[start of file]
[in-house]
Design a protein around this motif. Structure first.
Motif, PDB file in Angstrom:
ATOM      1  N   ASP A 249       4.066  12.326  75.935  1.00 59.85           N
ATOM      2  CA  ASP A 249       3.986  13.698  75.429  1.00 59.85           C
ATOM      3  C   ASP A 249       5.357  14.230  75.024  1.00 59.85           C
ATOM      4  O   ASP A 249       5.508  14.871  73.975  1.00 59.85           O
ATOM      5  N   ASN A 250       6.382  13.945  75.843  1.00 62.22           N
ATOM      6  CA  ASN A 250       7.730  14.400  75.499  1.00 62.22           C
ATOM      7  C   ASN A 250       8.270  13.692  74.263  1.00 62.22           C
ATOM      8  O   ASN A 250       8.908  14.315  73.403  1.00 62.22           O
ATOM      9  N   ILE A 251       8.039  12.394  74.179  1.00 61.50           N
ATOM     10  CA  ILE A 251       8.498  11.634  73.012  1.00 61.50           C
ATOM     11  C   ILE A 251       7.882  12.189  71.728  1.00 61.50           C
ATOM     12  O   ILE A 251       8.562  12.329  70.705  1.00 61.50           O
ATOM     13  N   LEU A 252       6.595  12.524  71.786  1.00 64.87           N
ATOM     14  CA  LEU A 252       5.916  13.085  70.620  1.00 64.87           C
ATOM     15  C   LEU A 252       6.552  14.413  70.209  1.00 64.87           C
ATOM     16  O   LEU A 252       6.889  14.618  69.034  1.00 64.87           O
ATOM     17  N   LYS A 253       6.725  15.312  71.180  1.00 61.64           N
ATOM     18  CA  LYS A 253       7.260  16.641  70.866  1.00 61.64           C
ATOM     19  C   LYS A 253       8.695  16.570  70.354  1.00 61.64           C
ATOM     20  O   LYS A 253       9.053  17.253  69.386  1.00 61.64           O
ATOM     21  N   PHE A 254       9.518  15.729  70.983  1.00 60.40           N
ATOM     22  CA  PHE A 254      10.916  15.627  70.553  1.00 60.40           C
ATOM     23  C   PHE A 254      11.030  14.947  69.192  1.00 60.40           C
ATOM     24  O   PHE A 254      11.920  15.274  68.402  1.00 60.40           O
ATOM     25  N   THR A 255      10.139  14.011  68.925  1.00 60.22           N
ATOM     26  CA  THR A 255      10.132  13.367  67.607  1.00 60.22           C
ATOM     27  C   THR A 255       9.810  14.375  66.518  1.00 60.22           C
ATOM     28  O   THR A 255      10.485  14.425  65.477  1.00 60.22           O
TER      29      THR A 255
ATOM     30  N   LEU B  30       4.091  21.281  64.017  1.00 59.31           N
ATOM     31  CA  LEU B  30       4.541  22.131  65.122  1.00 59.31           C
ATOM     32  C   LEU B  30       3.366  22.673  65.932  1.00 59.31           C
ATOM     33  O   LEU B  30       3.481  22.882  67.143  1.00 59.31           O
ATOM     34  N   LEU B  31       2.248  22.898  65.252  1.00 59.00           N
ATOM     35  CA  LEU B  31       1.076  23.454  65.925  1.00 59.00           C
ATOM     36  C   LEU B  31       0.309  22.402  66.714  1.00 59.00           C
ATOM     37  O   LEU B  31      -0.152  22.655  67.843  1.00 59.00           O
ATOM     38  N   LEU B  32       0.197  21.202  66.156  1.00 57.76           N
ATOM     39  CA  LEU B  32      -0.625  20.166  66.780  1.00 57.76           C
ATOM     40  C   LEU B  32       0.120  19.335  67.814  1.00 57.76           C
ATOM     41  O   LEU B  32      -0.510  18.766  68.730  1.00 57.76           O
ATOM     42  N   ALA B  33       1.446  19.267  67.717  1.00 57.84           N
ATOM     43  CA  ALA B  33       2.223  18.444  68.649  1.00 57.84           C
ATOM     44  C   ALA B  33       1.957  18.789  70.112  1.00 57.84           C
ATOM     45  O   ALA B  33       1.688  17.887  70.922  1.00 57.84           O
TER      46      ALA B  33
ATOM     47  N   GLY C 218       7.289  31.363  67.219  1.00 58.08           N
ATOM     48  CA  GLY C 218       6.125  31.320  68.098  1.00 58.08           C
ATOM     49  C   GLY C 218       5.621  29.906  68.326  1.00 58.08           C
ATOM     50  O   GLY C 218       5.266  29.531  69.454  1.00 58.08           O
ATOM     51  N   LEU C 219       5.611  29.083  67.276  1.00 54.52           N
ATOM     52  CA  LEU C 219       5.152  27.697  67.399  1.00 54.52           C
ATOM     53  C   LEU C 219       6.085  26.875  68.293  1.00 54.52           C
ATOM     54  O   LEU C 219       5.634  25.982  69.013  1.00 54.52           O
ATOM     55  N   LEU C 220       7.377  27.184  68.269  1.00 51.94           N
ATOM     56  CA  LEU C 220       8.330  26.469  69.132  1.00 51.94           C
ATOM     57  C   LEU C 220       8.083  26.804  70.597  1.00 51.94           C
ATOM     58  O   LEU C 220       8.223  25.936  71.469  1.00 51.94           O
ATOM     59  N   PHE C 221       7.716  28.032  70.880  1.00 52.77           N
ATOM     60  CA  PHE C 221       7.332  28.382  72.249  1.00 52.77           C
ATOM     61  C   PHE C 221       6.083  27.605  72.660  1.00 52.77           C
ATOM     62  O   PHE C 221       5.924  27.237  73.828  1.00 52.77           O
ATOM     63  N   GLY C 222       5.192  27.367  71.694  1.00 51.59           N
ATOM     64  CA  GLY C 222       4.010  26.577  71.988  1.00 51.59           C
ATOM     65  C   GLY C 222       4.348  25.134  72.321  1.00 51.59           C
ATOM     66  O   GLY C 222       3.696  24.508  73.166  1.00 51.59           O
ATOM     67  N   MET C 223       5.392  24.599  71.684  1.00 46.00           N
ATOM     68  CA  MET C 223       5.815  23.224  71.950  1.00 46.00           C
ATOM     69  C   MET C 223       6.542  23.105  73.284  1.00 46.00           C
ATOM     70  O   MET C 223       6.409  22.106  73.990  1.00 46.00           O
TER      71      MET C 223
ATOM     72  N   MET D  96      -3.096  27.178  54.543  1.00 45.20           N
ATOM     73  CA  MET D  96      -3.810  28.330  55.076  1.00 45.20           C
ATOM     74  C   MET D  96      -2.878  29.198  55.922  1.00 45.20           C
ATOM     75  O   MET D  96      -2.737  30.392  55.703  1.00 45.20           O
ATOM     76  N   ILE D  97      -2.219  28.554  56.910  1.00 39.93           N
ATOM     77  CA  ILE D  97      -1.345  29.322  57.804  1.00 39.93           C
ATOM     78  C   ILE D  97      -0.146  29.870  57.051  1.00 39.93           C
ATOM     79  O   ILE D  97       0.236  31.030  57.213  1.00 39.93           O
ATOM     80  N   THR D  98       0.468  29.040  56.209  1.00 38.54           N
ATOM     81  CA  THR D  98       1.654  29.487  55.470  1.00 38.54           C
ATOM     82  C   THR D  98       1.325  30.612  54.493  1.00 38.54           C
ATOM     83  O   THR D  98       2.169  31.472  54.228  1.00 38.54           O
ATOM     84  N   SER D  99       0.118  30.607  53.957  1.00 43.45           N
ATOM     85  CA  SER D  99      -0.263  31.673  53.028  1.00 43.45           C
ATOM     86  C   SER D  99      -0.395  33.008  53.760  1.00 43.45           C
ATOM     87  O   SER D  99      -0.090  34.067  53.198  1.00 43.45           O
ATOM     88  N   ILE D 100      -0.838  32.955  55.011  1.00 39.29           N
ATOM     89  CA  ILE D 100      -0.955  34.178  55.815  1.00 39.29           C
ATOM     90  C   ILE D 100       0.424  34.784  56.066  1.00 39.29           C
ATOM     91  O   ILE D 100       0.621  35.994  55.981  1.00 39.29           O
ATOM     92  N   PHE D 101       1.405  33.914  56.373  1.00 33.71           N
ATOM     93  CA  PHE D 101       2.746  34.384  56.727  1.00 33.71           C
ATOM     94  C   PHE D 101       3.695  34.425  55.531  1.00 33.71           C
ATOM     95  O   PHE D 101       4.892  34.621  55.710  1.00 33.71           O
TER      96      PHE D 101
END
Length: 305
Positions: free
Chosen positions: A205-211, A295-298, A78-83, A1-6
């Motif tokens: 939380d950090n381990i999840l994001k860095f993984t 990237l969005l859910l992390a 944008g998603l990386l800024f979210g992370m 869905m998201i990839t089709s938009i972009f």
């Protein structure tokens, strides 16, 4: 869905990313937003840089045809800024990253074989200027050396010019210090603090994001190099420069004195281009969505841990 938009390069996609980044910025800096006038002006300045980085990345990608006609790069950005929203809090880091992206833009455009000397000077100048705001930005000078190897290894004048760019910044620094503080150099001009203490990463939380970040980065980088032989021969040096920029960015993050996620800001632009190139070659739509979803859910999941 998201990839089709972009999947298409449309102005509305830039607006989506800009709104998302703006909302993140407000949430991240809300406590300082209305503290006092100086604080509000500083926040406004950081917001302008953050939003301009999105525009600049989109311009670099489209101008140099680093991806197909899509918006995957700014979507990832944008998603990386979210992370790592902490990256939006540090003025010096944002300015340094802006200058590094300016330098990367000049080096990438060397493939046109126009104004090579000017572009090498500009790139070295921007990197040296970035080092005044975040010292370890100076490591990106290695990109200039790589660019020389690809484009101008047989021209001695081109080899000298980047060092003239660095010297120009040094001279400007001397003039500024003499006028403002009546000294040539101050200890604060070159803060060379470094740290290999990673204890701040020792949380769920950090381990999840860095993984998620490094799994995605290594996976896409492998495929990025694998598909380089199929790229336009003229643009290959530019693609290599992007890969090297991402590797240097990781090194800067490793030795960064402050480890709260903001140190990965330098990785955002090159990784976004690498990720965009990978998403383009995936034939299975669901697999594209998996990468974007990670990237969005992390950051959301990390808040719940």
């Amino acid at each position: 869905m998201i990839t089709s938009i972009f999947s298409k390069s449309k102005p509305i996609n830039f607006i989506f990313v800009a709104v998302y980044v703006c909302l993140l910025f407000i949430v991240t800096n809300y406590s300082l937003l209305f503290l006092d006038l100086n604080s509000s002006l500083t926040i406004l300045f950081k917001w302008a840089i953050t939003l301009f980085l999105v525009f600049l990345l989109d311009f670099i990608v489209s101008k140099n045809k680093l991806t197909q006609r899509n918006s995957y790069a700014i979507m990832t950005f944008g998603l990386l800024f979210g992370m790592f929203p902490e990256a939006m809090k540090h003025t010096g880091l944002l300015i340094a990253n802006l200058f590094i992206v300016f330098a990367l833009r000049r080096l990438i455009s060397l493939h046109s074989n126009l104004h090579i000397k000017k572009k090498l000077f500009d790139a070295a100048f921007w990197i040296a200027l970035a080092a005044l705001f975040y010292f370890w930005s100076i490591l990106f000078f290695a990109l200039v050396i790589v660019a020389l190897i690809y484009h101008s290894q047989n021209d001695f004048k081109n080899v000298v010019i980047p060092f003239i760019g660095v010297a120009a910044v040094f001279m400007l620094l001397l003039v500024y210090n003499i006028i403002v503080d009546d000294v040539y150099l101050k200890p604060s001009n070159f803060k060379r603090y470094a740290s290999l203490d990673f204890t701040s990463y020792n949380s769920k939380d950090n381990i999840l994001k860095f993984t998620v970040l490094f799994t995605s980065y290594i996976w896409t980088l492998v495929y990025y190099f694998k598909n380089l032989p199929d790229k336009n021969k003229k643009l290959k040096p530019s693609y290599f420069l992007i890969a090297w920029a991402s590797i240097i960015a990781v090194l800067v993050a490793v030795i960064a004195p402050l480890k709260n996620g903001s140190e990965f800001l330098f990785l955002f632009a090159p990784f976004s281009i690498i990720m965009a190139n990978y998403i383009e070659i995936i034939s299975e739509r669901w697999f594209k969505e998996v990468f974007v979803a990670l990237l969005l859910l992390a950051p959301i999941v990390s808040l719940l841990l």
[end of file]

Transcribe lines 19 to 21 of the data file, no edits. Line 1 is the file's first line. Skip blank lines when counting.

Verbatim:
ATOM     16  O   LEU A 252       6.889  14.618  69.034  1.00 64.87           O
ATOM     17  N   LYS A 253       6.725  15.312  71.180  1.00 61.64           N
ATOM     18  CA  LYS A 253       7.260  16.641  70.866  1.00 61.64           C